Build a Block Series - Part 1: Development Environment
The series will focus on building a QRCode block, that I have an idea for but have not yet built. My plan is to record each step, taking it fairly slow and explaining as I go. I will try to keep each cast around 10-15 minutes, I'll include show notes on my site here with links to each item covered. I hope to post a new cast each week.
My hunch the best way to learn is following along, doing each step, actually typing and running it. Pause the video if need be, sorry if I talk too fast. You might need extra time to catch up or understand the section.
Let's kick it off, Part 1: Development Environment
The three main pieces needed for the development environment are:
- WordPress Development Site
- Code Editor
- Node/NPM Development Tools
WordPress Development Site
If you are just starting out, I recommend using Local by Flywheel to run your local WordPress development site. Local is a single application you download and install and tends to be much simpler than alternatives.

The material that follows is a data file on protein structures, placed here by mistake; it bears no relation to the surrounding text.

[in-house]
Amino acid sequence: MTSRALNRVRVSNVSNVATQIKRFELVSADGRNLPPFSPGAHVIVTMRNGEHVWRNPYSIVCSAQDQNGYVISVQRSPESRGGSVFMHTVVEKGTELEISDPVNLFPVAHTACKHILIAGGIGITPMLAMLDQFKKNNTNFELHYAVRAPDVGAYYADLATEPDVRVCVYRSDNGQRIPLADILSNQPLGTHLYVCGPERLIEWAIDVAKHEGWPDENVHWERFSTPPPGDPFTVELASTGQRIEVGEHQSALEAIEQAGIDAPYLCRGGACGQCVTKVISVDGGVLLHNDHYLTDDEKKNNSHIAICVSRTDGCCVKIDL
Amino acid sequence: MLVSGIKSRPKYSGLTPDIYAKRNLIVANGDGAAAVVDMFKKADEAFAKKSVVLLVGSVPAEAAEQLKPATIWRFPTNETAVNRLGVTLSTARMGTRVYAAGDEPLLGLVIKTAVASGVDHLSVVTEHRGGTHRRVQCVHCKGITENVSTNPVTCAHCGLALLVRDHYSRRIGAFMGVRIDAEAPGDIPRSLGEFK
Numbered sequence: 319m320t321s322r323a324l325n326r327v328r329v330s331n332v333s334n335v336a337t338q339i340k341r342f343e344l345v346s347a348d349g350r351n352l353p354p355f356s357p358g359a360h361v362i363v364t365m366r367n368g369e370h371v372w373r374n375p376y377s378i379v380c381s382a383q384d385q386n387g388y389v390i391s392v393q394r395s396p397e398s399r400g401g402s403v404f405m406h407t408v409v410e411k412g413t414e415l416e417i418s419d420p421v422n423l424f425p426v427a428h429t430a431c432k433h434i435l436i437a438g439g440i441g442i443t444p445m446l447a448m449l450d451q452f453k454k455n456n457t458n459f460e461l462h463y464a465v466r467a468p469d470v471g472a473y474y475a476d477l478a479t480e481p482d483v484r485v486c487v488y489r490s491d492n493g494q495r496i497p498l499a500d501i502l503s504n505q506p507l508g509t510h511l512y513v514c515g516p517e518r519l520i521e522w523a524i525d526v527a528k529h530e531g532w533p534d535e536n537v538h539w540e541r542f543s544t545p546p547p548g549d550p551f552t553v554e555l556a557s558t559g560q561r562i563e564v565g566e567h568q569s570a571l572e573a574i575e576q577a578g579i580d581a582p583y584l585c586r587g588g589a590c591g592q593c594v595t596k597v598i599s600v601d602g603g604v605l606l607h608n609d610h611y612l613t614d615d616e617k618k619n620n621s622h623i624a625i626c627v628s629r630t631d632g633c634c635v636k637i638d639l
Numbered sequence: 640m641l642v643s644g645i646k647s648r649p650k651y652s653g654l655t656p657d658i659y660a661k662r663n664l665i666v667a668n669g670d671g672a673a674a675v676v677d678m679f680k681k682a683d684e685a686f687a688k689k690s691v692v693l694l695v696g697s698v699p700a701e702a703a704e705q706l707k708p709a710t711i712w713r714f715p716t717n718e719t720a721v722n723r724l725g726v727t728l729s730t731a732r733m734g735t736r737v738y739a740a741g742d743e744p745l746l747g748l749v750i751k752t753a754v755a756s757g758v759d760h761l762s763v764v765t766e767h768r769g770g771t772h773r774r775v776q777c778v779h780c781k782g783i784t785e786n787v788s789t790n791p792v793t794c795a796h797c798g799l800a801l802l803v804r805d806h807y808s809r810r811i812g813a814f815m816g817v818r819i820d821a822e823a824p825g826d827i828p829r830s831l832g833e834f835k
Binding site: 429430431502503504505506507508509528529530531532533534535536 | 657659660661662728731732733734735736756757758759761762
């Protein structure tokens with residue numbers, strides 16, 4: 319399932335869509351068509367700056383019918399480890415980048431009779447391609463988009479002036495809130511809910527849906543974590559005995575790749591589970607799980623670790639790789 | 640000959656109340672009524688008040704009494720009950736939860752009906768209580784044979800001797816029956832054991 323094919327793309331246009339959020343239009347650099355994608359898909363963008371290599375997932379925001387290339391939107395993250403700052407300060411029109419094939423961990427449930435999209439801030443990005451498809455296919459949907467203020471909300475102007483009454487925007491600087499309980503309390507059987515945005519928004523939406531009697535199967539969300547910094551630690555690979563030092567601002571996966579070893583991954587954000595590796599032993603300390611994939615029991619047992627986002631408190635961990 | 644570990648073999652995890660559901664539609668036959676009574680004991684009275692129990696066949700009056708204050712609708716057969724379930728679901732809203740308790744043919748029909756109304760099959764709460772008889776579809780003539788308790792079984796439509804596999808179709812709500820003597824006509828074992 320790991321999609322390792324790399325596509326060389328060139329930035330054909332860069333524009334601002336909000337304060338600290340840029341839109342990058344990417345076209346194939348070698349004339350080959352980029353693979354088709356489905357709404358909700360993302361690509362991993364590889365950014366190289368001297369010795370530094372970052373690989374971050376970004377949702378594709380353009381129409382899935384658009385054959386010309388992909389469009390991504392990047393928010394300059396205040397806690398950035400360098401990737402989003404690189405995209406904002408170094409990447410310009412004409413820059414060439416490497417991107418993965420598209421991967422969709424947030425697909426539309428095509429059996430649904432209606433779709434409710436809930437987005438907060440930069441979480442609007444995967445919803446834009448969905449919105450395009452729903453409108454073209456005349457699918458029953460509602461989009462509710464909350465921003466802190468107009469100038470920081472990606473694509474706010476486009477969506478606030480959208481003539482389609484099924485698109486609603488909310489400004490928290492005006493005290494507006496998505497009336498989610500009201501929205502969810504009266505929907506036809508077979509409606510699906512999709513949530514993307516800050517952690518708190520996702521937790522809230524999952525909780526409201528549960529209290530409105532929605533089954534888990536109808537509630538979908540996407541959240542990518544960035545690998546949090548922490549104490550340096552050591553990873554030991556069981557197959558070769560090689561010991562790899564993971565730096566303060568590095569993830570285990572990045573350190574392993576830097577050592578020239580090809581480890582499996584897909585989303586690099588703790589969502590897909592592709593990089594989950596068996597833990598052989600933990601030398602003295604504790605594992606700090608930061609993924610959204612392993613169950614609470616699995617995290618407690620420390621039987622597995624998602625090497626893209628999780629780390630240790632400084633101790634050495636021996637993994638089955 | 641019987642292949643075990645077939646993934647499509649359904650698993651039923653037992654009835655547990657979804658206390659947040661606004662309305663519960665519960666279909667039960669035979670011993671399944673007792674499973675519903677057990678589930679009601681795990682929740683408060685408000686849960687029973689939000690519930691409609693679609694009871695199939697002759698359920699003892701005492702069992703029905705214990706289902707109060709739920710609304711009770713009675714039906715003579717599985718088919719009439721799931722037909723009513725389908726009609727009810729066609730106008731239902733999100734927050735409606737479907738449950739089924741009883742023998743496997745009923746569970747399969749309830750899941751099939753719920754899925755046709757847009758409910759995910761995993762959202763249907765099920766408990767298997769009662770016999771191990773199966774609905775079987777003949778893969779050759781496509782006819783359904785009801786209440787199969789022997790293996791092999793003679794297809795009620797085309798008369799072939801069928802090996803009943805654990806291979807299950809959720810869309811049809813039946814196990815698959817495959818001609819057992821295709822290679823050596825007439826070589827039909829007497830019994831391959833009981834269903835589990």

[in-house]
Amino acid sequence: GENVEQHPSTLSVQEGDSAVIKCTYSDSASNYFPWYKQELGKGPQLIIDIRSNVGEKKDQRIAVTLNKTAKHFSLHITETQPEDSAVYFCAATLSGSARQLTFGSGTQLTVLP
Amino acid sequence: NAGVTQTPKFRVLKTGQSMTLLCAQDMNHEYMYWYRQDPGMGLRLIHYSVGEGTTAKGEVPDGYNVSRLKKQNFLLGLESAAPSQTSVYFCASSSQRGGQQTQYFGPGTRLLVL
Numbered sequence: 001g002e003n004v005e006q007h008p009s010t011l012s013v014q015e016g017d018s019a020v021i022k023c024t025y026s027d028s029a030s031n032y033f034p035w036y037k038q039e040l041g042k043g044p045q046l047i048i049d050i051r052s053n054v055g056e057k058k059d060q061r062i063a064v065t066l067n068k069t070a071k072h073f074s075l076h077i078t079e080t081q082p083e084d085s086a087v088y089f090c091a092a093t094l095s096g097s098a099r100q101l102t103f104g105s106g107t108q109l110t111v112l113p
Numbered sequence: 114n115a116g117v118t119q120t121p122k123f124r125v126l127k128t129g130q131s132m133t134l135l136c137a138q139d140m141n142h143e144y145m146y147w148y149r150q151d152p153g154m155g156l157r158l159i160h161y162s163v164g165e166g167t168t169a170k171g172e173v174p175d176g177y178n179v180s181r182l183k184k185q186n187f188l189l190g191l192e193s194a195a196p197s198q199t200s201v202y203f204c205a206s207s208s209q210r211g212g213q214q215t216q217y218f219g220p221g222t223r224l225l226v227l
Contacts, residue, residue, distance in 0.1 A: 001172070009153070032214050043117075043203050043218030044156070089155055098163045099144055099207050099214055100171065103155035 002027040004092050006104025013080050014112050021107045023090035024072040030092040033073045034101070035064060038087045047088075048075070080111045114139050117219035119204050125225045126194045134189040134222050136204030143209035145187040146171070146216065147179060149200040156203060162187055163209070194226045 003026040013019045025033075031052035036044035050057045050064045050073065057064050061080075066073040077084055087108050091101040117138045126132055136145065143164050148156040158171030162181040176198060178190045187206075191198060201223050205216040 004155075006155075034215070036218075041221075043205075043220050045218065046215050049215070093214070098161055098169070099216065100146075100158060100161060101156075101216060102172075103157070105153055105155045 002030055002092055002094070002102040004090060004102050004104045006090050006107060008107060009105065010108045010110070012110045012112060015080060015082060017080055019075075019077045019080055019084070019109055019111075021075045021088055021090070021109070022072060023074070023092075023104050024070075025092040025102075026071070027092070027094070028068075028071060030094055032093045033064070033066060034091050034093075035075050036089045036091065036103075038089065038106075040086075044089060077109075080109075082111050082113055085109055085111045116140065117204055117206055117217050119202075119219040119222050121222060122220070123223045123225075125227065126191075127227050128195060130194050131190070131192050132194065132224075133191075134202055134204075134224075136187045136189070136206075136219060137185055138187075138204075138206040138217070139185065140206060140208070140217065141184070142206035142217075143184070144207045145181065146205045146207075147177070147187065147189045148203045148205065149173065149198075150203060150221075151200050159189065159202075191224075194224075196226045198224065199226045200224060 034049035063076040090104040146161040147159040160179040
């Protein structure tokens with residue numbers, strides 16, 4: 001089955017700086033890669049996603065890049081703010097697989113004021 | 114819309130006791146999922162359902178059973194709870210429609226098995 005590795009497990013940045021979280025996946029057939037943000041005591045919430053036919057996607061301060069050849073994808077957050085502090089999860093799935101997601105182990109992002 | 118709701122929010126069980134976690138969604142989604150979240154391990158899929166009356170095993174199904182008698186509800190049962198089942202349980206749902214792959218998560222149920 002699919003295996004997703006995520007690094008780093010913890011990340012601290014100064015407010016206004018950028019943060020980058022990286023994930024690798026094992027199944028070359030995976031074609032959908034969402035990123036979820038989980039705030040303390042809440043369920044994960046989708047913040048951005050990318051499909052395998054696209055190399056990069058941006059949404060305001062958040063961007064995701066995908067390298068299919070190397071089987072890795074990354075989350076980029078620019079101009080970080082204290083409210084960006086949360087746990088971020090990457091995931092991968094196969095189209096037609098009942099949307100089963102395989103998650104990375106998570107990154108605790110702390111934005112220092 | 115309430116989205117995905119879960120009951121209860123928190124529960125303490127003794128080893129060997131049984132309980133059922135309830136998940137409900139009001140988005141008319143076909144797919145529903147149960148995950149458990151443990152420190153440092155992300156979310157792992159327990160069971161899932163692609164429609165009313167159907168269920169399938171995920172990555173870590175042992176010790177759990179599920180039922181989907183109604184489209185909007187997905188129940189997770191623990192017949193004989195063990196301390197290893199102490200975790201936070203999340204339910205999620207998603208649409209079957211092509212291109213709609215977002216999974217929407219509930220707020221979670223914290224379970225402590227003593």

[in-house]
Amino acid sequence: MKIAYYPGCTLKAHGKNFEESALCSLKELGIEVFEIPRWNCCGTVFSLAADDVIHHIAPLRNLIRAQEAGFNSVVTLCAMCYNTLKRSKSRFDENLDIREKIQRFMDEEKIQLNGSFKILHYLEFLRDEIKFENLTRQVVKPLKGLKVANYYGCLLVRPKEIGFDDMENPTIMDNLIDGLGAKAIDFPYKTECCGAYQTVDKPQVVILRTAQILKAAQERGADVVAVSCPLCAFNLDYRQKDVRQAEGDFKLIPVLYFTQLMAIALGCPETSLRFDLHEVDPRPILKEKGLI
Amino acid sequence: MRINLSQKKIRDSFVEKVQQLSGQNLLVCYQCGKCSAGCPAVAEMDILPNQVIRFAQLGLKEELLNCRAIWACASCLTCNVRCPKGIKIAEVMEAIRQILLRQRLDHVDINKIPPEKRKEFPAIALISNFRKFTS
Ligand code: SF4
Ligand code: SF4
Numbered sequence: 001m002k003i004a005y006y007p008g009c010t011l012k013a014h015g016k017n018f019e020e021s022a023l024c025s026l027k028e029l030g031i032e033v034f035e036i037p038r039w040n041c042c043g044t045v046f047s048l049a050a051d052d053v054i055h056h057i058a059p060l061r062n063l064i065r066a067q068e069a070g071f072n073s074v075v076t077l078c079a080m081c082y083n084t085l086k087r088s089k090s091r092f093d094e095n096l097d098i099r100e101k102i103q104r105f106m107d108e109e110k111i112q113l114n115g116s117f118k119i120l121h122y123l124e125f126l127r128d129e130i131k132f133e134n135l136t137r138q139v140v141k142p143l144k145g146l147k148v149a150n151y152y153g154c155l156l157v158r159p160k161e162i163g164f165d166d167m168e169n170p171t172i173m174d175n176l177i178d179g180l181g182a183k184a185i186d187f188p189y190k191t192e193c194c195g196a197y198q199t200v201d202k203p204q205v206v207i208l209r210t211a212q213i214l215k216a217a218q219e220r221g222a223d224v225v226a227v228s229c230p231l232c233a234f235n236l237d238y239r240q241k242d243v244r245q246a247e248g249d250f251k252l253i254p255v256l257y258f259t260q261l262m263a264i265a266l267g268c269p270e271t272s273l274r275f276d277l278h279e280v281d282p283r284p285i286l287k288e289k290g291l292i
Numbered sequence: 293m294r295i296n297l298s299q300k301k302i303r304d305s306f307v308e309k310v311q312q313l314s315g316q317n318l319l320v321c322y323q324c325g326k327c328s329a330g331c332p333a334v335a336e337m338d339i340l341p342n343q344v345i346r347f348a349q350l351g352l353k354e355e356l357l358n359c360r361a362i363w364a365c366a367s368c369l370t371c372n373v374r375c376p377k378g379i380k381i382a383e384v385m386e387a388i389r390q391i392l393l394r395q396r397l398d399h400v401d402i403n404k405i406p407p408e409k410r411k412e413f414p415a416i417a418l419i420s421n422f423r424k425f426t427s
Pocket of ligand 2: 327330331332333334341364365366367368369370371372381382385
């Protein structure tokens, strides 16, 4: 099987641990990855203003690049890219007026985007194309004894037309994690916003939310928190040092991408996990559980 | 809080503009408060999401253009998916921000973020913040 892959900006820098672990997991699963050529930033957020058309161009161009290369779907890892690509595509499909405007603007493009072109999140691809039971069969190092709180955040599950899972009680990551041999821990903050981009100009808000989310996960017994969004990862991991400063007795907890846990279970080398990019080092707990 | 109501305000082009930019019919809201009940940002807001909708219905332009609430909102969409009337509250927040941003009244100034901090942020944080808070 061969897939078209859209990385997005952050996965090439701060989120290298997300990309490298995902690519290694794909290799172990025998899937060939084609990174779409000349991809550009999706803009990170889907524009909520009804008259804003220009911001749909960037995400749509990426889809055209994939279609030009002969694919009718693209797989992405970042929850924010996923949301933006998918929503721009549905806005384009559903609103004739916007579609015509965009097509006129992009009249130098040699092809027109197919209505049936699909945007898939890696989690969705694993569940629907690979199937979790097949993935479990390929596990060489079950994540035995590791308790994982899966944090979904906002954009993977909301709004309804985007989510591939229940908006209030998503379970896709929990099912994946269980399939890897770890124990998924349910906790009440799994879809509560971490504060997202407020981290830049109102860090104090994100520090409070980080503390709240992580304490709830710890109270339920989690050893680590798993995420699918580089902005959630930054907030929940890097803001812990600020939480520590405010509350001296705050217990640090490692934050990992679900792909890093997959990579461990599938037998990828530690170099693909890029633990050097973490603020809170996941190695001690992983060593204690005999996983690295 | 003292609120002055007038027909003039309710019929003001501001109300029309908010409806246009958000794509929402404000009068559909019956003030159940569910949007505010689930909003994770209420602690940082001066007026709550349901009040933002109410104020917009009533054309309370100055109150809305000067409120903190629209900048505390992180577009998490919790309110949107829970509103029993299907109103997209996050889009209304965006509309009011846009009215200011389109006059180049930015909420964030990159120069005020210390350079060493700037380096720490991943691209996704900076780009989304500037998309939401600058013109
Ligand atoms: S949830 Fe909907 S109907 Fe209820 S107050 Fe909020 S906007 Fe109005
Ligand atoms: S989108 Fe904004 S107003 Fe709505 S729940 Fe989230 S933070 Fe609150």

The core WordPress repository has a development environment script that works with Docker. This requires installing Docker, checking out the repository, and running the scripts to setup. It gives more flexibility, but can be tricky.
You can use WampServer or MAMP environments, both are quite similar to Local, combining a web server, PHP, and database. However these tools are not WordPress specific, so if not already using them, you might as well use Local.
You can work remotely on a server. This may require a little more setup, either syncing files, or editing the directly on the server.
My setup, I just use the built-in Apache and MySQL from the Linux repository. I'm quite familiar with the tools and have everything scripted up so this is easiest for me.
For this series, I'll use Local by Flywheel. The important part is having a WordPress site installed, and know where and how to update files in the plugins directory.
I recommend using Visual Studio Code for your code editor. It works well and is becoming the defacto standard for web development.
If you have another editor you're comfortable with it, that is great. This is more personal preference. The key is having a way to open, edit, and save text files.
You can download Nodejs directly from the main website and install. It also packaged for most package managers.
On Mac, I recommend using Homebrew package tool and install is:
brew install nodejs
On Windows, you can use Chocolatey package manager and install using:
choco install nodejs
It appears NPM comes bundled with the above installs. On Ubuntu, or Debian, NPM is bundle separately and you can install using:
apt install nodejs npm
However you install Nodejs, the important part is being able to use them in your terminal. Open a termainl and be able to run
node -v and
npm -v to confirm they are installed.